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U.S. News rankings call into question recent UI graduate program report


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The University of Iowa’s public-relations machine wasted no time last week trumpeting the high rankings graduate programs received from U.S. News & World Report.

But while the rankings again reinforced the generally superb quality of the university’s graduate-student programs, they have also highlighted a startling incongruity between the UI Task Force on Graduate Education’s recent program evaluations and the magazine’s rankings. And the rankings have lent credence to the cries of faculty members incensed in the wake of the task force’s report.

In developing its rankings, U.S. News sent out 12,400 surveys to experts across the field and contacted heads of various programs to measure peer programs. In contrast, the Task Force on Graduate Education made its rankings based not on academic reputation but essentially on the caliber of students each program put out, according to history department Chairman Colin Gordon.

Thus, the task force looked at GRE scores, average graduation times, and the program’s selectivity, among other things.

The at-odds ratings add an interesting wrinkle to the future of graduate-student programs at the UI. What matters more: The number and types of students the program puts out or the quality of work that faculty and graduate students produce?

The task force ranked the following selected programs as “good” — political science, history, various College of Education programs, statistics, industrial engineering, and physics. The task force defined “good” as “doing well but having issues that preclude a higher ranking.” (That’s the task force’s nomenclature for “mediocre,” if you couldn’t get past the euphemistic label.)

Yet in the US News rankings, the aforementioned programs took 33rd, 36th, 31st, 33rd, 35th, and 57th among comparable programs nationwide. The rankings were even higher when measured against other public universities — 17th, 18th, 21st, 22nd, 27th, and 35th.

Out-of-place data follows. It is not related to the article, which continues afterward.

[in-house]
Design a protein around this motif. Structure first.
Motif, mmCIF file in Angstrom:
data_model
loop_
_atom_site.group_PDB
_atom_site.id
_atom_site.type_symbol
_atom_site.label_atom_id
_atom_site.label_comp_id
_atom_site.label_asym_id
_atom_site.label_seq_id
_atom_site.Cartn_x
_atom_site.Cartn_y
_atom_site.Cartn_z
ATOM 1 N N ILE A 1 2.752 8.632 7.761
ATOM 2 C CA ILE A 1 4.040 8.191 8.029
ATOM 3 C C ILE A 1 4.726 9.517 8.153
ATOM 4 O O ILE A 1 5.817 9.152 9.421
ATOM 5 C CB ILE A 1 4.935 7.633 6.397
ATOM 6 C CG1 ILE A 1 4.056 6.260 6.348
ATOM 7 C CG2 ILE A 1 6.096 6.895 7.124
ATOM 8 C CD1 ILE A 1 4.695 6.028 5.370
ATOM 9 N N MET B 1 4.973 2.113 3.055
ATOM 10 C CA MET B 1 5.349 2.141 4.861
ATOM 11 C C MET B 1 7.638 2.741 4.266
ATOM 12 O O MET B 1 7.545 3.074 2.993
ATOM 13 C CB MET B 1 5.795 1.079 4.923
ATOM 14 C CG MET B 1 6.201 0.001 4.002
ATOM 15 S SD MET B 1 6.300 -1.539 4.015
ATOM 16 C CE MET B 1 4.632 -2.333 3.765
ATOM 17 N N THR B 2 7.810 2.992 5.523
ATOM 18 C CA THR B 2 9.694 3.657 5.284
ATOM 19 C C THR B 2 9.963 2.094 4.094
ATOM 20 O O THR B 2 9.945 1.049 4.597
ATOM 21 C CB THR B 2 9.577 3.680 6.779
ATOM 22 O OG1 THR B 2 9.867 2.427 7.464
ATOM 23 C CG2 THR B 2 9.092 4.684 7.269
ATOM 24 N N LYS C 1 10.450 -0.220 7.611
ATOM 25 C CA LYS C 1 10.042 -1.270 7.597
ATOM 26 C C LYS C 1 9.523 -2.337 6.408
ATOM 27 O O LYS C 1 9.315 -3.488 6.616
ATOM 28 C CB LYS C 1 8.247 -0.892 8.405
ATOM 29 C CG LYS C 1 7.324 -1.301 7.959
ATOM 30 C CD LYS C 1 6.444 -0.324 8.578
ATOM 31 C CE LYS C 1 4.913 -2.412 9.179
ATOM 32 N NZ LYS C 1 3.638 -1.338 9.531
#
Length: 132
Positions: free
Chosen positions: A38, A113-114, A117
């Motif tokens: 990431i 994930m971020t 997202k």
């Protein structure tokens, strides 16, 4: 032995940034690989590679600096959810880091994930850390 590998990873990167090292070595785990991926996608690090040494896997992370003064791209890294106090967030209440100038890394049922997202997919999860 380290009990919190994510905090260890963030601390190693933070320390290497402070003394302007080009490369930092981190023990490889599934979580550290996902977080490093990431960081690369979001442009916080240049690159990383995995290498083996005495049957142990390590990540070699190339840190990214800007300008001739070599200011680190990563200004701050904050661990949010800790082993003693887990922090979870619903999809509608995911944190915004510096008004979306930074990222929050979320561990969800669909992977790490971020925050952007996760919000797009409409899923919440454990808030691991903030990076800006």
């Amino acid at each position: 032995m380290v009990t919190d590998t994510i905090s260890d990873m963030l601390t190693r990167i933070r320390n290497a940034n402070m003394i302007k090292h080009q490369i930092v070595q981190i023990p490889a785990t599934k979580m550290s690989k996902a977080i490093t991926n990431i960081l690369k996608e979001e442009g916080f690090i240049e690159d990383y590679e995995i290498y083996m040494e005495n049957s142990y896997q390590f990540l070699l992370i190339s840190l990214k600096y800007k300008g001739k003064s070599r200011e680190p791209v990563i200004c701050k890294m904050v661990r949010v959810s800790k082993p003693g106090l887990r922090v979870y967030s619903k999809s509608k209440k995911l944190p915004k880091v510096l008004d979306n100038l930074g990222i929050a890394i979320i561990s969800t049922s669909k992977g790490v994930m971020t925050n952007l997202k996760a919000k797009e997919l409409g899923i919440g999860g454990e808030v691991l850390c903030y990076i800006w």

It’s clear these rankings have called into question the task force’s chosen evaluation methods. When applied to the history department, for example, such measures as time-to-degree matter little when the Ph.D. students it produces will most likely go to another university to teach and conduct research.

“Time to degree doesn’t matter much to potential employers,” said Associate Professor Elizabeth Heineman, the director of graduate studies for the history department. “In fact, [potential employers] are far more interested in Ph.D. students who have taken a little longer to write outstanding dissertations than they are in Ph.D. students who have rushed to finish quickly and as a result have shortchanged their research and teaching preparation.”

In addition, such degrees as J.D.s, M.B.A.s, and engineering M.S.s often lead to professional jobs rather than academic positions. In contrast, Ph.D.s or M.A.s in such fields as history or geoscience might lead to an academic job after graduation.

We won’t delve into the controversial subject of whether the task force’s report was biased. It seems clear, however, that evaluation criteria applicable to some programs fall short when used to measure others.

So as the UI community digests the U.S. News rankings, we urge university officials to adopt different sets of metrics for different academic fields. Instead of applying the same standards, officials should look at what each program attempts to accomplish in training its graduate students and develop standards and categories to fit the desired outcome.

Shoehorning graduate-student programs into a cross-department mold may make evaluations easier and placate those pining for cuts. But in the long run, ill-conceived, rigid evaluations do little to improve our university.

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